- Biomedical papers of the Medical Faculty of the University Palacky, Olomouc, Czechoslovakia
- Published about 5 years ago
BACKGROUND: Nanotechnology is receiving enormous funding. Very little however is known about the health dangers of this technology so far. Chronic tonsillitis is one of a number of diseases called idiopathic. Among other factors, the tonsils are exposed to suspended particles in inhaled air including nano particles. The objective of this study was to detect and evaluate metallic particles in human tonsil tissue diagnosed with chronic tonsillitis and in amniotic fluid as a comparison. METHODS: Scanning electron microscopy with energy dispersive X-ray spectroscopy (SEM-EDX) was used for identification of solid particles in a total of 64 samples of routinely analyzed biopsy and cytologic material. RESULTS: Almost all samples were found to contain solid particles of various metals. The most frequent, regardless of diagnosis, were iron, chromium, nickel and aluminium. The size, determined using SEM, varied from around 500 nm to 25 µm. The majority formed aggregates of several micrometers in size but there were a significant number of smaller (sub-micrometer or nano-sized) particles present. The incidence of metallic particles was similar in child and adult tissues. The difference was in composition: the presence of several metals in adults was due to occupational exposure. CONCLUSIONS: The presence of metallic particles in pathologically altered tissues may signal an alternative causation of some diseases. The ethiopathogenic explanation of these diseases associated with the presence of nano-sized particles in the organism has emerged into a new field of pathology, nanopathology.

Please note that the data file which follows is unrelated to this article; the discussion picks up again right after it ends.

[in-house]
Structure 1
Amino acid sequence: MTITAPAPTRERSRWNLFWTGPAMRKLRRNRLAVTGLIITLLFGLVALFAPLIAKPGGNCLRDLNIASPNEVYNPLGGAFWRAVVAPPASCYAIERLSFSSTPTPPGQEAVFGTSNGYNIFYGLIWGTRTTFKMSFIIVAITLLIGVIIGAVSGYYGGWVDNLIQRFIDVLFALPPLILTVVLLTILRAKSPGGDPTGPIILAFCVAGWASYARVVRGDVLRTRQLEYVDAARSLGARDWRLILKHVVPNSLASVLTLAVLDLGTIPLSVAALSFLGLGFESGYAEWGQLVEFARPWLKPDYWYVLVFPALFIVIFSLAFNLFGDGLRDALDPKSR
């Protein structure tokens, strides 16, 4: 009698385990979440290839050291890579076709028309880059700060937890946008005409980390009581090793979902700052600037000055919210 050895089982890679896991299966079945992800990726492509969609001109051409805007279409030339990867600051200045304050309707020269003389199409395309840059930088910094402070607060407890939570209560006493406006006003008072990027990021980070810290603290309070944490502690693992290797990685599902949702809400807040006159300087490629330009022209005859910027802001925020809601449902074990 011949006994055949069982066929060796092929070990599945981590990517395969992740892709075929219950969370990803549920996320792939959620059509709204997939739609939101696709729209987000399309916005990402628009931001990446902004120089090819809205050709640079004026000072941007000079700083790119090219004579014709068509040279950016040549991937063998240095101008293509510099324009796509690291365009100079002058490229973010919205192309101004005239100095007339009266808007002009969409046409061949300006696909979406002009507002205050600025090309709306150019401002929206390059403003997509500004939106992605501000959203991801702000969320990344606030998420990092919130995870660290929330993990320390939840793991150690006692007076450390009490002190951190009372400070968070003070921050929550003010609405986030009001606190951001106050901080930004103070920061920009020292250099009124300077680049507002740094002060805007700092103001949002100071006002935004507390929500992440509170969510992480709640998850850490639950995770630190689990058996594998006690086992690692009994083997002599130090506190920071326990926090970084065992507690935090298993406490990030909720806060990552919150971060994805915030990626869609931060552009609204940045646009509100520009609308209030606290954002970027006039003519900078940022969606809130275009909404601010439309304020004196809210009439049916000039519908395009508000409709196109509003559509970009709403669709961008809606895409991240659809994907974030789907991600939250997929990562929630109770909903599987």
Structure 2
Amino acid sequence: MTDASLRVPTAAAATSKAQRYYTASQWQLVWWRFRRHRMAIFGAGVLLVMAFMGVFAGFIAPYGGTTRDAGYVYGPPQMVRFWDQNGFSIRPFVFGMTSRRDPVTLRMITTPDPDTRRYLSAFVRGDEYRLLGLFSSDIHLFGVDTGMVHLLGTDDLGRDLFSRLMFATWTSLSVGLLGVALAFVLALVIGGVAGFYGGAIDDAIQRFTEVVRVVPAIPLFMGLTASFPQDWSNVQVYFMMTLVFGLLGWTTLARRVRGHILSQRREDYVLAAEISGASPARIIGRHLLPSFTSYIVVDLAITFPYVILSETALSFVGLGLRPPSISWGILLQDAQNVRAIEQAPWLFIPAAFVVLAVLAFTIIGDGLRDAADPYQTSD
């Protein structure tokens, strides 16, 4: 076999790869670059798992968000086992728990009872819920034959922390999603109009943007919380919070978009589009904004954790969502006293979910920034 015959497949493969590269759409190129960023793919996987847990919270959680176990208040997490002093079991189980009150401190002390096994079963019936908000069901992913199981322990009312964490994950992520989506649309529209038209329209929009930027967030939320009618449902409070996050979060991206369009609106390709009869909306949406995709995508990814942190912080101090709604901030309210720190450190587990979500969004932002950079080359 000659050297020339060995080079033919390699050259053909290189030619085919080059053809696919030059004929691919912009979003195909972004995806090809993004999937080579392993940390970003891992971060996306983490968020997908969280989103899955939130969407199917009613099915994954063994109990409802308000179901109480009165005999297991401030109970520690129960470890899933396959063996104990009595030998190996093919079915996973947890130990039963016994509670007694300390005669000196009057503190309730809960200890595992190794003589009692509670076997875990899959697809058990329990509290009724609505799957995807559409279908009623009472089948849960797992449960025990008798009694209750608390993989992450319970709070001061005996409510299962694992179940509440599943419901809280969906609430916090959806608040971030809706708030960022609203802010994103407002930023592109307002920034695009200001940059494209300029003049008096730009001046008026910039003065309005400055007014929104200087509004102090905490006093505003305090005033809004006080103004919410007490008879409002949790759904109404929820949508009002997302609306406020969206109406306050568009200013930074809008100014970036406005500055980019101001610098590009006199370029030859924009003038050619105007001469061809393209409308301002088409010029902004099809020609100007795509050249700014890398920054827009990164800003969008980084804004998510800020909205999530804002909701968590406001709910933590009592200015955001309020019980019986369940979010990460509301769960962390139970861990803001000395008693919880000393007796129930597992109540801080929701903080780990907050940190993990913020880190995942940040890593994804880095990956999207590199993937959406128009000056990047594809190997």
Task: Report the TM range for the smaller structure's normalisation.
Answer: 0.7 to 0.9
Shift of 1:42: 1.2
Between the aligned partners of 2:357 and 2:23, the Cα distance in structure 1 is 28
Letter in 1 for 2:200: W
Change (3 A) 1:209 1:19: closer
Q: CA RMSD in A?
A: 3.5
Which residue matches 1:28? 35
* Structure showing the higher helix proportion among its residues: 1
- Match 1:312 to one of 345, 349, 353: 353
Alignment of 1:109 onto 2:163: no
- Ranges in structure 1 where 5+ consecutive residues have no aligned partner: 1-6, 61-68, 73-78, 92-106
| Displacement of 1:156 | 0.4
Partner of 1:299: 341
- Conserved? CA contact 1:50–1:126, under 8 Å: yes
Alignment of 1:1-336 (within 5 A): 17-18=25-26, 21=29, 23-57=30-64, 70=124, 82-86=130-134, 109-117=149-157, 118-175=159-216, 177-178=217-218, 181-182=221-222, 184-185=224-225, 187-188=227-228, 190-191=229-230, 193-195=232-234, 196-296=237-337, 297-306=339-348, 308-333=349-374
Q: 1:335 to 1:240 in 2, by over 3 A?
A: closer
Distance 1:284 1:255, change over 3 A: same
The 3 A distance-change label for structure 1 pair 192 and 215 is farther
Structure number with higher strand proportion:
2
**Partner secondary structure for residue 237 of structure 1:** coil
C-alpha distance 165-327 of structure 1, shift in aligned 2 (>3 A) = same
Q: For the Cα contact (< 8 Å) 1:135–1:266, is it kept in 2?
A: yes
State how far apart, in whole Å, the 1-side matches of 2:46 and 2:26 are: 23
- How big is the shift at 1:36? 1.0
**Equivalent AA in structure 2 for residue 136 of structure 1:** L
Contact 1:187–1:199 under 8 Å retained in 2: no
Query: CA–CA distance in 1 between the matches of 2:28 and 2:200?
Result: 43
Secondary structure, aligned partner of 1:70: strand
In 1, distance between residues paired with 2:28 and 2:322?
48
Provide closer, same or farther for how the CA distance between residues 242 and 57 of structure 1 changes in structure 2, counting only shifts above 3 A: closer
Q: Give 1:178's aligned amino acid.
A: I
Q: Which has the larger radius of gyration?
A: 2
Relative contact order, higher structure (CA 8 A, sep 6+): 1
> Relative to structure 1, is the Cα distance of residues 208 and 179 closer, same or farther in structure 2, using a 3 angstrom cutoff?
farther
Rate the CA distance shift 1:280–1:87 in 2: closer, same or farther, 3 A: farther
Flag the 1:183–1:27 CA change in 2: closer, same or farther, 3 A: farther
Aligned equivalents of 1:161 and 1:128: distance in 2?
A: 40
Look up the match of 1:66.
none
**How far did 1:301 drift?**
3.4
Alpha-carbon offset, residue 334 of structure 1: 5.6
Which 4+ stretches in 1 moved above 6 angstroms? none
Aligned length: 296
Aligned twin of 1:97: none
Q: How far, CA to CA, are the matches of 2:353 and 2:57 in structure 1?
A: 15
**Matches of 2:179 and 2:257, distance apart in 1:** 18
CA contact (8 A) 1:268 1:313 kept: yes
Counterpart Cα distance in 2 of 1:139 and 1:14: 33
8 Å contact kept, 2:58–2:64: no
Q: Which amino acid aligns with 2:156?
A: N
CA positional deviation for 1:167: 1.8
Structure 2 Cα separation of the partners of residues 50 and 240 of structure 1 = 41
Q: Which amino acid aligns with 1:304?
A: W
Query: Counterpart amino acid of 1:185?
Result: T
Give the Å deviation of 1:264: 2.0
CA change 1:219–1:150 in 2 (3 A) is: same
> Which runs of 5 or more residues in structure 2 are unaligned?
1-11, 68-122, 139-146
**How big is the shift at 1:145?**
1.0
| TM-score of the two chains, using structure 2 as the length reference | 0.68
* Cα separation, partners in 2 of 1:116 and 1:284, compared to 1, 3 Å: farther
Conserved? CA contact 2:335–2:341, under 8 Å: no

Recurrences in chronic tonsillitis substained by tonsillar biofilm-producing bacteria in children. Relationship with the grade of tonsillar hyperplasy.